Lander and rover missions, combined with exquisite satellite images have revealed much about the surface of Mars. But what about the ~3400 km of rock and metal that lies between the surface and the planet’s center? We know very little about the deep interior, yet it is the ‘engine’ that drives the planet’s evolution. In November 2018, the InSight mission landed on Mars to begin two years of detective work to look deep inside the Red Planet. Left: December 4th, 2018 image from InSight’s robotic-arm mounted Instrument Deployment Camera showing the spacecraft’s deck, with the Martian surface of Elysium Planitia in the background. In the foreground, a copper-colored hexagonal cover protects the Seismic Experiment for Interior Structure instrument (SEIS), a seismometer that will measure marsquakes. The gray dome behind SEIS is the wind and thermal shield, which will be placed over SEIS. To the left is a black cylindrical instrument, the Heat Flow and Physical Properties Probe (HP3). HP3 will drill up to 16 feet (5 meters) below the Martian surface, measuring heat released from the interior of the planet. Above the deck is InSight’s robotic arm, with the stowed grapple directly facing the camera. Credit NASA/JPL-Caltech. Right: SEIS deployed onto the surface of Mars on December 19th, 2018. This was the first time a spacecraft robotically placed a seismometer onto the surface of another planet. The image was taken around Martian dusk. Credit NASA/JPL-Caltech.   Geophysicist, Dr. Catherine Johnson, has been working with PhD student Anna Mittelholz at the University of British Columbia to prepare for the InSight mission by better understanding Mars’ interior through studies of the planet’s magnetic field.  InSight will measure the planet’s vital signs: listening for quakes, measuring the heat being lost from Mars, but also carefully monitoring the environment at the landing site.  Part of that monitoring includes measuring magnetic fields. Magnetic fields can tell us about Mars atmosphere and its interior. Like on Earth, Mars’ upper atmosphere is ionized by solar radiation and this creates small magnetic fields that change from day to night. However, unlike Earth, Mars has no present-day global magnetic field, but satellite data indicate that rocks near the surface were magnetized in an ancient field. InSight will, for the first time, measure the magnetic field on the surface of Mars. Those measurements will tell us how strongly... Read more
In today’s world everyone is just a phone call, email, or text away. We can have on-screen face-to-face conversations with loved ones around the world, share photos and videos to social media instantly, or conduct meetings with international business partners without ever leaving the office. The world is literally at our fingertips. Satellites have revolutionized the way we connect and communicate, and Canada was at the forefront of this change. On November 9, 1972, Canada became the first country in the world to launch a domestic communications satellite, “Anik A1”, into geostationary orbit – Anik means ‘little brother’ in Inuit. For the first time, people in the far north received TV and telephone signals. The satellite’s ingenious design allowed for coverage across all of Canada. The antenna was designed in such a way that it was aimed at Canada at all times, and the signals were transmitted by a beam that was shaped to cover the entire country. A geostationary orbit means the satellite’s movement was in sync with Earth’s rotation and therefore stayed positioned above us. Two more identical satellites (Anik A2 and Anik A3) were launched shortly after. Having three satellites ensured continuous service and backup to cover failures. All three satellites were owned and operated by Telesat Canada. For over 10 years, Anik A1 relayed telephone calls, data, and TV signals on 12 channels. We often take for granted the ease at which we are able to connect with the world. Even when travelling is a challenge, satellites can bring the world to you. Being able to communicate and share means the world can work and grow together. This global connection truly is one of the greatest benefits of space science and... Read more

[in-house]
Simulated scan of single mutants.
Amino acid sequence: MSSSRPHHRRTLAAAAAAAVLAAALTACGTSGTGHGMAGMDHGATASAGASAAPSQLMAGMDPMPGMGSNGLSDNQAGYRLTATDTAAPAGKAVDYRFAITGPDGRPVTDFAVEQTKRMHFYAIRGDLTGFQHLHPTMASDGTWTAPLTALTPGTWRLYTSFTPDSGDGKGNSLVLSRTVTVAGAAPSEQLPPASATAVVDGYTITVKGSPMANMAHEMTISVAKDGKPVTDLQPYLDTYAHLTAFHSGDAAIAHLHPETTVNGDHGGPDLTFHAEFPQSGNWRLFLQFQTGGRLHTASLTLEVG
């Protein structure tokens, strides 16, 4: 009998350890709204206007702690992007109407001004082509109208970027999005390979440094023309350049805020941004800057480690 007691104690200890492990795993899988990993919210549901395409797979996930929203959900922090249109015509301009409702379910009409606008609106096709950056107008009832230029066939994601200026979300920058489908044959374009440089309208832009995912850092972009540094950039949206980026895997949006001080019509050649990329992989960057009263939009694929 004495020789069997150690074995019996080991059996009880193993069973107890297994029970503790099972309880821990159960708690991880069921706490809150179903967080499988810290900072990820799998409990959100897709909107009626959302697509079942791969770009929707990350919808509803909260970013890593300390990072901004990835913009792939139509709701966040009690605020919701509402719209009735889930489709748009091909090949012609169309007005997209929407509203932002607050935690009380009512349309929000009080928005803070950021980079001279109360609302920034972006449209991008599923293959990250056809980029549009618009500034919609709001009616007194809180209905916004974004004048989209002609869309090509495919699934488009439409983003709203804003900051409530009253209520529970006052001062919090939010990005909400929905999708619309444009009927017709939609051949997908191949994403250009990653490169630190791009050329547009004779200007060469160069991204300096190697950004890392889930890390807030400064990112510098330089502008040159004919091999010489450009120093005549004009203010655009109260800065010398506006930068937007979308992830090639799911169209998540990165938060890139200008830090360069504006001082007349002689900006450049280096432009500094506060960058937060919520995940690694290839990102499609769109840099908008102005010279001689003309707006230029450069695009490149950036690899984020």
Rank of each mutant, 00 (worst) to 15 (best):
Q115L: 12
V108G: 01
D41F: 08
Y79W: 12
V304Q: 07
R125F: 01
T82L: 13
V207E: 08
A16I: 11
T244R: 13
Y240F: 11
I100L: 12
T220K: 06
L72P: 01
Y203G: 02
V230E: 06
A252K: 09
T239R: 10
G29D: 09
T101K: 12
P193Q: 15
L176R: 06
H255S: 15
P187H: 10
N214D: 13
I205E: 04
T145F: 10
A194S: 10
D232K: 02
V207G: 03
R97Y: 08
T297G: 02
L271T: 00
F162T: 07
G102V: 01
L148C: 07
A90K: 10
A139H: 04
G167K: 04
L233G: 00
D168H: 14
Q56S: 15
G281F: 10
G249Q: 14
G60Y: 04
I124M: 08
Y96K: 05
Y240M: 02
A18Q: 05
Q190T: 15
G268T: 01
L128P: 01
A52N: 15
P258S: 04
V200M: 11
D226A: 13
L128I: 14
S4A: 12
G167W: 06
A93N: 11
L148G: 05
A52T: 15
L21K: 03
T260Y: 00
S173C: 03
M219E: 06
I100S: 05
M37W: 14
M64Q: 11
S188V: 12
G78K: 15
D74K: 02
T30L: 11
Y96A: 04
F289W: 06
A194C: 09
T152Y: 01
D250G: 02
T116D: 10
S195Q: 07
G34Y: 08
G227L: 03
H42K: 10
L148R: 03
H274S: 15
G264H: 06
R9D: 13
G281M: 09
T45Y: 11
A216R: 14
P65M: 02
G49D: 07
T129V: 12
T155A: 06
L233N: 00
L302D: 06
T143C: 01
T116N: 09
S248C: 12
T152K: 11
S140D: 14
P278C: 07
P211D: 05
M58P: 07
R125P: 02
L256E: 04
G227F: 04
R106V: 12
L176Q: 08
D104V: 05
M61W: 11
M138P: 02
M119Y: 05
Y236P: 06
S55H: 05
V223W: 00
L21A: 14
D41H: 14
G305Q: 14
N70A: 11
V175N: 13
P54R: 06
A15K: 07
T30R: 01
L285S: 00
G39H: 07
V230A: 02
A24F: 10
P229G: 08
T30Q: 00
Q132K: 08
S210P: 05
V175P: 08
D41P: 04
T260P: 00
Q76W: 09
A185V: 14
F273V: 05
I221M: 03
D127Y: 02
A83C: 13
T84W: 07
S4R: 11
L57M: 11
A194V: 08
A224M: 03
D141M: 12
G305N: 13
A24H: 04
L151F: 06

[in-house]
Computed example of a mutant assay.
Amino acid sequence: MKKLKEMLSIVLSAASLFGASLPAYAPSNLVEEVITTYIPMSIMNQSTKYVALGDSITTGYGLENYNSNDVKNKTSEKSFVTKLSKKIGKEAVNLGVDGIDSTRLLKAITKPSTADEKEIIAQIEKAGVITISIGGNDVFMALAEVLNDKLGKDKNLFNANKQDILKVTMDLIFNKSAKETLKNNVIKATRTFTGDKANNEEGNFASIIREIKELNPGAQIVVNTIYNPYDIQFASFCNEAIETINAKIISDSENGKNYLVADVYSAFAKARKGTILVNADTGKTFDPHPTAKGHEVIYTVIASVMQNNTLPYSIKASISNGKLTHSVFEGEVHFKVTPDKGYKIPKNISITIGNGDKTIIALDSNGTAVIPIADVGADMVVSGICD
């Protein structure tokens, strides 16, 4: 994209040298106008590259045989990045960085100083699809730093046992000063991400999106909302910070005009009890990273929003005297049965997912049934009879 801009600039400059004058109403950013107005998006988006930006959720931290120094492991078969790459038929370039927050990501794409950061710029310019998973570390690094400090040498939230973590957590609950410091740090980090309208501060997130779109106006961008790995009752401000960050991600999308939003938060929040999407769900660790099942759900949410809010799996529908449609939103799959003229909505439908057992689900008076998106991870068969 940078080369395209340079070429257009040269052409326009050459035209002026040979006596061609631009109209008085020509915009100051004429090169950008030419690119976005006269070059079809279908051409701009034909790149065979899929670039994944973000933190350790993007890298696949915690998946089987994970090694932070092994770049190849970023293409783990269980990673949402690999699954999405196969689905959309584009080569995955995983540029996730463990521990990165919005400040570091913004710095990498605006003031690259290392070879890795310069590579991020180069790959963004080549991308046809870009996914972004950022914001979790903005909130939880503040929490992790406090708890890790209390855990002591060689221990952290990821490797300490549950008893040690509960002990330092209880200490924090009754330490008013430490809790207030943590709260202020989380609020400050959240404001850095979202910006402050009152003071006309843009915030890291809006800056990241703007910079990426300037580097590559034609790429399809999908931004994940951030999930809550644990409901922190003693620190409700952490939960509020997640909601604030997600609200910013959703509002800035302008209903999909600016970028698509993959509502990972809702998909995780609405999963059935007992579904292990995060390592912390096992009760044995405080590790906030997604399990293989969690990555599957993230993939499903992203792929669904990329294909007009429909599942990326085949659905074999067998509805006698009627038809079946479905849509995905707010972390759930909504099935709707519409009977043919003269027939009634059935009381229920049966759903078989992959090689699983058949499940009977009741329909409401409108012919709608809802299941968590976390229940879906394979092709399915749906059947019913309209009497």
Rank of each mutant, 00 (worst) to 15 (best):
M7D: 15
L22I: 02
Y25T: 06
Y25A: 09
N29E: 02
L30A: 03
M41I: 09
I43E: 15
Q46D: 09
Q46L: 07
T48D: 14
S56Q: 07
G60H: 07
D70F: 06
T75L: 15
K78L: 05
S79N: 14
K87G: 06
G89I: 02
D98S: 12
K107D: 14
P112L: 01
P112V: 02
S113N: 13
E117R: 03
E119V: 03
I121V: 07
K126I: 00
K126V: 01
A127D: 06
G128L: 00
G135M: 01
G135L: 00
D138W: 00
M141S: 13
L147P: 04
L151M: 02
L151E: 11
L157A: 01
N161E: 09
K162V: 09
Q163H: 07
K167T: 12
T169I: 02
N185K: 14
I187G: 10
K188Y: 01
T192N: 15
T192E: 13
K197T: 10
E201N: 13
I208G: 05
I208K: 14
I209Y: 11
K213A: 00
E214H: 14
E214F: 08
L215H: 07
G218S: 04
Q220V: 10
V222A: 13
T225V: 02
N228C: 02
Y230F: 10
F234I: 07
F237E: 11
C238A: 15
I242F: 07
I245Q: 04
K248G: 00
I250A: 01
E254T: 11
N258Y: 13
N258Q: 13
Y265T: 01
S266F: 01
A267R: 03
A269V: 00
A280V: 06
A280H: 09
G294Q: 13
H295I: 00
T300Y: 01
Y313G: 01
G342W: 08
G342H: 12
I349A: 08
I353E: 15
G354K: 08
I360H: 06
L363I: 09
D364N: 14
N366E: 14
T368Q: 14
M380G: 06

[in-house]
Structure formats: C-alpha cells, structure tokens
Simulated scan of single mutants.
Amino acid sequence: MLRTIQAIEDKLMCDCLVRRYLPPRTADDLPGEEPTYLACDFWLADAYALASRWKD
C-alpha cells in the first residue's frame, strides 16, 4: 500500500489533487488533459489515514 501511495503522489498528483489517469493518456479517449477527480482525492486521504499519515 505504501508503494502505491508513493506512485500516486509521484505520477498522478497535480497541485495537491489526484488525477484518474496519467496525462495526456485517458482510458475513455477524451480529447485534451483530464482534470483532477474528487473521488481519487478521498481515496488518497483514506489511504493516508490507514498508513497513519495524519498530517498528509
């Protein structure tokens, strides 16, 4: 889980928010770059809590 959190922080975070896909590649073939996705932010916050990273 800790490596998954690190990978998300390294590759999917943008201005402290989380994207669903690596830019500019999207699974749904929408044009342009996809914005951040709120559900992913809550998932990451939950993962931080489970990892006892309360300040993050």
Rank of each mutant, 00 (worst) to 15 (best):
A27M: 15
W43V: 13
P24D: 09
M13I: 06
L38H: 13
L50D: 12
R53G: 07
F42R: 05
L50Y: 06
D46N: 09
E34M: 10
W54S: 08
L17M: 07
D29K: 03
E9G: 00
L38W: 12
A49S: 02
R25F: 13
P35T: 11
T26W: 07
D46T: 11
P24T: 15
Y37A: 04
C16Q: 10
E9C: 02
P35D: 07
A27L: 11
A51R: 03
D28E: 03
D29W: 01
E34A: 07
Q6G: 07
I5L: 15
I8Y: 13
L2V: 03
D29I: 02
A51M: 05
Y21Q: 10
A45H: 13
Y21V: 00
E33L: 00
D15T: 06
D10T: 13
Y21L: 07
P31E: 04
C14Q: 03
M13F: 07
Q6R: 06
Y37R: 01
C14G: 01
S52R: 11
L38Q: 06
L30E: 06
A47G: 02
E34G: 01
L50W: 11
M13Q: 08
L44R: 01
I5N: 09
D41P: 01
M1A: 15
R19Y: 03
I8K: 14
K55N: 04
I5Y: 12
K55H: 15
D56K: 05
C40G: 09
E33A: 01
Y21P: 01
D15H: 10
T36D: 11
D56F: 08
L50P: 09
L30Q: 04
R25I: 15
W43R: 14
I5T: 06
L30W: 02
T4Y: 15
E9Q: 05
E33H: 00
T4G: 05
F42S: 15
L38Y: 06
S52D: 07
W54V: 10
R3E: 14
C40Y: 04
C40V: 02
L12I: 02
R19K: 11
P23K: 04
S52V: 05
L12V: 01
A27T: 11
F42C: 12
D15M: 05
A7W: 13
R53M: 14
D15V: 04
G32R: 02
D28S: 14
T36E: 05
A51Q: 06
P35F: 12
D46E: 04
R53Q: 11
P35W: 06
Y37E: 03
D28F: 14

During the mid-20th century, the race to space was in high gear. After years of preparation the first nations made it to the finish line. Following the Soviet Union and the United States, Canadians celebrated a proud moment in history after successfully launching their first space satellite, Alouette-1, becoming the third country in space. How it all got started Shortly after its creation in 1958, National Aeronautics and Space Administration (NASA) invited Canada to collaborate in its satellite program. Two Canadian scientists from Canada’s Defence and Research Telecommunications Establishment (DRTE), John Chapman and Eldin Warren, promptly responded with a proposal to design and build a Canadian satellite that could monitor Earth’s ionosphere (a layer of Earth’s atmosphere) and the aurora borealis (Northern Lights). The proposal was approved, and Chapman and his team of DRTE scientists got to work on the design and construction of two identical satellites: Alouette-1 and Alouette-2. Success After three and a half years of work, Alouette-1 was ready. On September 29, 1962, the 320-lb satellite was launched from the Pacific Missile Range in California. Designed to last only one year, Alouette-1 surpassed expectations by continuing to operate for a decade, capturing over one million images. Following this success, Canada and the United States joined forces, launching a new program called the International Satellites for Ionospheric Studies (ISIS). Under the ISIS program, three other satellites were successfully launched: Alouette-2 (1965), ISIS I (1969), and ISIS II (1970). The data collected from these satellites supported over 1200 scientific papers on the physical processes of our upper atmosphere. A legacy is born The success of Alouette-1 marked the beginning of a strong relationship between not only Canada and the United States but nations all... Read more